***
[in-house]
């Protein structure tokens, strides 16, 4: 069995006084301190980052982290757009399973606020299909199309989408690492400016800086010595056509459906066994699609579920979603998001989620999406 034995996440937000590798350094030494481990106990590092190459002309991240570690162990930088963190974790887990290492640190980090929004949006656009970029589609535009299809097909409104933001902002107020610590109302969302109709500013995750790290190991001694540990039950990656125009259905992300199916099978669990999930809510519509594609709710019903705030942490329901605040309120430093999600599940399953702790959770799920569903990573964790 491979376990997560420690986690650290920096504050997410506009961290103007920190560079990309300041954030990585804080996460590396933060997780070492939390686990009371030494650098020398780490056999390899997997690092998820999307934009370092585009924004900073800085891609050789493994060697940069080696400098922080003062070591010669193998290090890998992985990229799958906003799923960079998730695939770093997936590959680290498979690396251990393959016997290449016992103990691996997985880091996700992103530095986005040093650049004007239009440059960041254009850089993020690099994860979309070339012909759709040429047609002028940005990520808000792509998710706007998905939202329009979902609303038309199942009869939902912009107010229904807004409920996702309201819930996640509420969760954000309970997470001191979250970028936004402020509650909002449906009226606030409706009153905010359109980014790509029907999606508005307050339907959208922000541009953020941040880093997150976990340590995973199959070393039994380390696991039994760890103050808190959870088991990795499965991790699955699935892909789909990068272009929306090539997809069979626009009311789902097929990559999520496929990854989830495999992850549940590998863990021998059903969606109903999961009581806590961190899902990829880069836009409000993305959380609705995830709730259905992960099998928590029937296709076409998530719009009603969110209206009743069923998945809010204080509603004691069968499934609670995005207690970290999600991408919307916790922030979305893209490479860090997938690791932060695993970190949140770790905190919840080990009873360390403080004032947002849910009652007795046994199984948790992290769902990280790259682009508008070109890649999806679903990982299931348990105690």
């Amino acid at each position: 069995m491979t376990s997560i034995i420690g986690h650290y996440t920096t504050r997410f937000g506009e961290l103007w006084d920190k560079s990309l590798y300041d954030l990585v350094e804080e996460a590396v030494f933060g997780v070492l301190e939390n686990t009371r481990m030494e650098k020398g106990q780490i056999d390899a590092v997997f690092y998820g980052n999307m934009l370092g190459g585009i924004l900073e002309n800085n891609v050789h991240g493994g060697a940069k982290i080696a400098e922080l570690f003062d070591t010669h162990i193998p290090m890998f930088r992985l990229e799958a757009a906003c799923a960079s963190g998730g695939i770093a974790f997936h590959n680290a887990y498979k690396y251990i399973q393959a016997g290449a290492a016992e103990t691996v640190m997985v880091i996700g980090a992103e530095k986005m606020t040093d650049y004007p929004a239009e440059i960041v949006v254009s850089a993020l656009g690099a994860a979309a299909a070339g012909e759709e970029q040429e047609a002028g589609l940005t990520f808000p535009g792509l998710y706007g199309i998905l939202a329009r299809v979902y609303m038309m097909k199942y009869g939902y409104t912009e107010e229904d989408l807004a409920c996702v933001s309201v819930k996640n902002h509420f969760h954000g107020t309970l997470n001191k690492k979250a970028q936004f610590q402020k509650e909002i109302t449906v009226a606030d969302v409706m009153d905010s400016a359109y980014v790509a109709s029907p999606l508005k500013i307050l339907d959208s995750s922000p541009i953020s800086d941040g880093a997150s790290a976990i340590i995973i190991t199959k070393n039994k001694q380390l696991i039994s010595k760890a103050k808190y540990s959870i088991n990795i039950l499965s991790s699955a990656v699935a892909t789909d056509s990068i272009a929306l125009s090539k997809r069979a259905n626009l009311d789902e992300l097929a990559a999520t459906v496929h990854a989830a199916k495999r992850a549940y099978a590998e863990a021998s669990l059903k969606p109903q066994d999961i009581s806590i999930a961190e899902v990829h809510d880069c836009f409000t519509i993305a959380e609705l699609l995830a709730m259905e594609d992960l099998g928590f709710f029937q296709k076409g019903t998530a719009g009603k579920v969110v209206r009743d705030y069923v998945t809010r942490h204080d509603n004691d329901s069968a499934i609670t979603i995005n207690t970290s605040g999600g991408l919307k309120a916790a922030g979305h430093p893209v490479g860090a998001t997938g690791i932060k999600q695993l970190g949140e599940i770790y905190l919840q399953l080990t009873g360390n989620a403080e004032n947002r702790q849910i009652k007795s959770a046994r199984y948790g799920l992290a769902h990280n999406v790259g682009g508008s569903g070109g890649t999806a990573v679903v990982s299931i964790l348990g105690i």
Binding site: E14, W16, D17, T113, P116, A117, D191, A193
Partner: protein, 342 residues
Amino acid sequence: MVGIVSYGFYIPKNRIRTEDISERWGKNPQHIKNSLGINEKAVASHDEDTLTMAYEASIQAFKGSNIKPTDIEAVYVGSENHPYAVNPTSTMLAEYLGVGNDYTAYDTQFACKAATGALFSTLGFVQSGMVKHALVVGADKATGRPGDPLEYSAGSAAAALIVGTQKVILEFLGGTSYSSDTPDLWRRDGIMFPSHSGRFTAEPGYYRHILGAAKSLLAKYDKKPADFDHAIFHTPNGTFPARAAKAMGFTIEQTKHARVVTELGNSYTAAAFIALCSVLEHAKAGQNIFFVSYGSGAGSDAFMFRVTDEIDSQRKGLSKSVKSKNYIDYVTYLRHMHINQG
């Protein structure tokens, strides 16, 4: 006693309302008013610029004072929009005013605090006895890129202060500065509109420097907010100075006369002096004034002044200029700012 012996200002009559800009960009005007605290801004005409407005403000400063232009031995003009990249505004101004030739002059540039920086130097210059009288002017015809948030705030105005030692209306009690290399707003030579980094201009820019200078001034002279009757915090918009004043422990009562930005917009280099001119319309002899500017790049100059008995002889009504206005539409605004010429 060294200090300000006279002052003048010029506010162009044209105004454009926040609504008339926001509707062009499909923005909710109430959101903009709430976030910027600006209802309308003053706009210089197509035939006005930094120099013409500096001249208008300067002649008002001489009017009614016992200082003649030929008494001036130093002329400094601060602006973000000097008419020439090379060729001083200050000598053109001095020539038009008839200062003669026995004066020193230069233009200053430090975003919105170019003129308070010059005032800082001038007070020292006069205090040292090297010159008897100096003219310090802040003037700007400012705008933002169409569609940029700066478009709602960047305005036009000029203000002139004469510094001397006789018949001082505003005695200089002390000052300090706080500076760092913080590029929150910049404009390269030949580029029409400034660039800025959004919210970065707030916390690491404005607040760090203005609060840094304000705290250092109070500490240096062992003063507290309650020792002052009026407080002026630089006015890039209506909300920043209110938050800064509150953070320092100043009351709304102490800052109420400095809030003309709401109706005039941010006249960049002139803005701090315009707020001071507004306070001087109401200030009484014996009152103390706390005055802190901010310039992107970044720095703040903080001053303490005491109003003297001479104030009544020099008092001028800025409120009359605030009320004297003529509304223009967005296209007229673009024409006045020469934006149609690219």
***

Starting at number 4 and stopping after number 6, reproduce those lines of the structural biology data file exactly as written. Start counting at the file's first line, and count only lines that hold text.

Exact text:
Binding site: E14, W16, D17, T113, P116, A117, D191, A193
Partner: protein, 342 residues
Amino acid sequence: MVGIVSYGFYIPKNRIRTEDISERWGKNPQHIKNSLGINEKAVASHDEDTLTMAYEASIQAFKGSNIKPTDIEAVYVGSENHPYAVNPTSTMLAEYLGVGNDYTAYDTQFACKAATGALFSTLGFVQSGMVKHALVVGADKATGRPGDPLEYSAGSAAAALIVGTQKVILEFLGGTSYSSDTPDLWRRDGIMFPSHSGRFTAEPGYYRHILGAAKSLLAKYDKKPADFDHAIFHTPNGTFPARAAKAMGFTIEQTKHARVVTELGNSYTAAAFIALCSVLEHAKAGQNIFFVSYGSGAGSDAFMFRVTDEIDSQRKGLSKSVKSKNYIDYVTYLRHMHINQG